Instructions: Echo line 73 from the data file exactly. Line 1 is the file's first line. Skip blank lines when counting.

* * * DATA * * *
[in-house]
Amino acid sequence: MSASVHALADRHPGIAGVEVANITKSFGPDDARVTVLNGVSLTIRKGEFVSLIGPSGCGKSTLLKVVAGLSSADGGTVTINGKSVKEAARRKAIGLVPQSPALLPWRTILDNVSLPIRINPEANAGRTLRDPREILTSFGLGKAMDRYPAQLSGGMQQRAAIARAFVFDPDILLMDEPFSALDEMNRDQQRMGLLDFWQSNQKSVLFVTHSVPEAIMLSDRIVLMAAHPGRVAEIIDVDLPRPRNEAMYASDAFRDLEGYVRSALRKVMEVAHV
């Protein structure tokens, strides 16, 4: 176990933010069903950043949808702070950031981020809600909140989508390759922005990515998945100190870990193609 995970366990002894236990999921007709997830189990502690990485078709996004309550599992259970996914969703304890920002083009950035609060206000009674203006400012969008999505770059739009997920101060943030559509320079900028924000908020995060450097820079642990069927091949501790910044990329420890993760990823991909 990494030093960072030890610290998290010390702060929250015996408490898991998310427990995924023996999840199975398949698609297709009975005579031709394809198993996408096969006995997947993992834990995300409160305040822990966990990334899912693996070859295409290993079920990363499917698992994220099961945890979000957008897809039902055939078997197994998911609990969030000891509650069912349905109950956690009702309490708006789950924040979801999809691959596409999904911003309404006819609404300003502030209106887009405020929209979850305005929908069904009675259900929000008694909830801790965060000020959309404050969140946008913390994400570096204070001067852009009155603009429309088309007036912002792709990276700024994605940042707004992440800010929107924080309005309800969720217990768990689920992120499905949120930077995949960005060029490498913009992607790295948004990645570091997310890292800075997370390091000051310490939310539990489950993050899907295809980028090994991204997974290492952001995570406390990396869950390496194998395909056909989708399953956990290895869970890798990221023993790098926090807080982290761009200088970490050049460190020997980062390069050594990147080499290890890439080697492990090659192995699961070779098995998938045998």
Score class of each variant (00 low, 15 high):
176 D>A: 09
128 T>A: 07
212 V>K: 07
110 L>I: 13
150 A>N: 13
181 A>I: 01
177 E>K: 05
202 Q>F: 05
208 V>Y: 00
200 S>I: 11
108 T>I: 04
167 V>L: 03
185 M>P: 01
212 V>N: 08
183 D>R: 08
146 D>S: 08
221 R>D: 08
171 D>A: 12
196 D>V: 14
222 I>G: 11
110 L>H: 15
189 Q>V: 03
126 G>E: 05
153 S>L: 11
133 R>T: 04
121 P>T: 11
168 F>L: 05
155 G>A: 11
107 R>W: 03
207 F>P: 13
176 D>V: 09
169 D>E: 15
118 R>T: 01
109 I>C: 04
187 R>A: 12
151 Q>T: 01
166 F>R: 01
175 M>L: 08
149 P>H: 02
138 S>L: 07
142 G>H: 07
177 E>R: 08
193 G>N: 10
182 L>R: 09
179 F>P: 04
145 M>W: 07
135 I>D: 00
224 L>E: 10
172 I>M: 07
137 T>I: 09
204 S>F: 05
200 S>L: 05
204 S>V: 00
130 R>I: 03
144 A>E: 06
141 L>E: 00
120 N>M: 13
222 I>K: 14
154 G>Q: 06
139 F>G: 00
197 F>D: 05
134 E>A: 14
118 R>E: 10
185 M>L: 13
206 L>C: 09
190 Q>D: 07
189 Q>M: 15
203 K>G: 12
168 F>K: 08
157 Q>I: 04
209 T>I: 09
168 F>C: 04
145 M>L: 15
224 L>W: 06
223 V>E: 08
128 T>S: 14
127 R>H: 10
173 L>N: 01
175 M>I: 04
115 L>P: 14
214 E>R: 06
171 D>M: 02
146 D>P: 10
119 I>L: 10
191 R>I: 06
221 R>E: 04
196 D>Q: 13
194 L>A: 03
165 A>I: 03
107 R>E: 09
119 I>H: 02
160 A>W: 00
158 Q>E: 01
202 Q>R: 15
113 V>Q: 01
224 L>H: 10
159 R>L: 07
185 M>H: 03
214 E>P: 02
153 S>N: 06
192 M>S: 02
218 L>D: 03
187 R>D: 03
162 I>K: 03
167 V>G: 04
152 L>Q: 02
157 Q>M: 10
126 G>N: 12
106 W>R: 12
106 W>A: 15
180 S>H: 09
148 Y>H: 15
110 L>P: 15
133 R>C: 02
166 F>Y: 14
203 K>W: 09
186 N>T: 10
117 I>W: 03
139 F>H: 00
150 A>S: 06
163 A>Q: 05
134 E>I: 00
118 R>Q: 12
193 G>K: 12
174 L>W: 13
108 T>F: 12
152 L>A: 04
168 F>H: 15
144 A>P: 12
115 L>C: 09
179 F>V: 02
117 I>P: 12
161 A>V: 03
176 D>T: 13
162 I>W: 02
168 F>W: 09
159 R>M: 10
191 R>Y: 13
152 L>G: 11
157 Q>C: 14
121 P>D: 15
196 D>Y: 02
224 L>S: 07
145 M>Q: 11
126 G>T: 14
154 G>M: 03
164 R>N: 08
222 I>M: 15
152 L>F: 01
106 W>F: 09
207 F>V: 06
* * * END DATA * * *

168 F>K: 08